Decided: January 10, 1949.
MARY ANN NELSON, COMPLAINANT-RESPONDENT,
ALICE NAUMOWICZ, DEFENDANT-APPELLANT, AND JOHN MCNEVIN, TAX COLLECTOR OF THE BOROUGH OF UNION BEACH, DEFENDANT
For affirmance: Chief Justice Vanderbilt and Justices Case, Heher, Wachenfeld, Burling and Ackerson. For reversal: None. The opinion of the court was delivered by Case, J.
[1 NJ Page 302]
Mary Ann Nelson, owner, filed her bill to redeem from a tax sale certificate formerly held by the Borough of Union Beach and now, under assignment, by appellant, Alice Naumowicz. The issue was whether the latter was entitled, as an incident to the redemption, to be reimbursed the costs of certain repairs and improvements made by her to the building on the premises. Chancery decreed that she was not; and the appeal is from that decree.
Appellant argues two points; first, that the municipality would have been entitled to recover for like items and that therefore she, the assignee, is entitled; second, that the owner should be compelled to make reimbursement under the maxim "He who seeks equity must do equity".
The conclusion in the first point does not follow from the premise even if that premise were soundly stated. Rights and liabilities under tax sale proceedings rest upon the statute, Absecon Land Co. v. Keernes, 101 N.J. Eq. 227, 231 (E. & A. 1927), and, particularly as to the owner's right of redemption against private persons holding tax sale certificates, upon the law in force at the time of sale, Rodgers v. Cressman, 98 N.J. Eq. 209 (Ch., 1925), Harrington Co. v. Jones, 104 N.J. Eq. 377 (Ch., 1929), affirmed on the opinion below 106 N.J. Eq. 280 (E. & A., 1929). It was clearly demonstrated in Forster v. Davenport, 128 N.J. Eq. 385 (Ch., 1940), that after 1929 (the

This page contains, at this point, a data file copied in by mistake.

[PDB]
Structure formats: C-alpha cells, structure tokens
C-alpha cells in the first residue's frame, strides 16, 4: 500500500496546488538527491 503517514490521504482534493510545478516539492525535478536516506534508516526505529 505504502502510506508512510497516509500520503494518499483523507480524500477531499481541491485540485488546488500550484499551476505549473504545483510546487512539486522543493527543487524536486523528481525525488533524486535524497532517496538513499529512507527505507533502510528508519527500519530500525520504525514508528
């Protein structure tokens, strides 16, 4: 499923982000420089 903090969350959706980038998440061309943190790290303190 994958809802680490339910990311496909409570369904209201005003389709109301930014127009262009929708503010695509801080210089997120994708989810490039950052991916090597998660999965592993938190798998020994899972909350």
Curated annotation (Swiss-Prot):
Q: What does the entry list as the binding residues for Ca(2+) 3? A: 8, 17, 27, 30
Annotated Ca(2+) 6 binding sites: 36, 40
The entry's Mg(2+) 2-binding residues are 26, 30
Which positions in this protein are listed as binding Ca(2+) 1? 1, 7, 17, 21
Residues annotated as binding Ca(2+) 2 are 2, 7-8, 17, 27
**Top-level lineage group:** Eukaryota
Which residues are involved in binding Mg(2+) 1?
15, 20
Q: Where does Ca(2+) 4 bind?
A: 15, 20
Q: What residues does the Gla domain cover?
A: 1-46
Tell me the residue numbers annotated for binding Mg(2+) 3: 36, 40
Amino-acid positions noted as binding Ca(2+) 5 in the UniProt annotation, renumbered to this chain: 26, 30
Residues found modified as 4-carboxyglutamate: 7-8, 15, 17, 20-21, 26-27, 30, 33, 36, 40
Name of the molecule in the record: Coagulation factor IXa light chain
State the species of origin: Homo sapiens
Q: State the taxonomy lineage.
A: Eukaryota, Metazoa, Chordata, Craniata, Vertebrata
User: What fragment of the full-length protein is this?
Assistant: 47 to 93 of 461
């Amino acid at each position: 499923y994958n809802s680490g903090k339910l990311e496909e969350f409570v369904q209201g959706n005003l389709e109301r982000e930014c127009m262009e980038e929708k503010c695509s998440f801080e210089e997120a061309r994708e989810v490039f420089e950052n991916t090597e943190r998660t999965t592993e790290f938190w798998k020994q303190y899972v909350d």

[1 NJ Page 303]
sale sub judice was in 1931) the statute did not confer a right of possession upon the individual holder of a tax sale certificate.
Mrs. Naumowicz knew that her tax sale certificate did not carry the incidents of ownership and that she should proceed by bill to foreclose the owner's right of redemption. So thoroughly did she understand that legal fact that she engaged an attorney to institute proceedings and paid him a retainer to that end; but she professes not to know what happened to the suit. Nevertheless she went on to make disbursements, many of them for capital improvements for which she would not have been awarded reimbursement even had she been in lawful possession. It is the essence of appellant's argument under her second point that she assumed, and was justified in assuming, from the attitude of the owner that the latter had abandoned the premises; but assuming this to be the fact, such an abandonment gave no rights to the appellant. Under the tax act, R.S. 54:5-54, the owner had the right to redeem within two years of the date of sale or at any time thereafter until the right to redeem had been cut off by the statutory foreclosure. There was no foreclosure, and the owner is asserting her right. Statutory provisions for the redemption of land from tax sales are to be construed liberally. Ruddy v. Woodbridge, 47 N.J.L. 142 (E. & A., 1885). The case does not justify the application of the cited equitable maxim.
The decree below will be affirmed; with costs.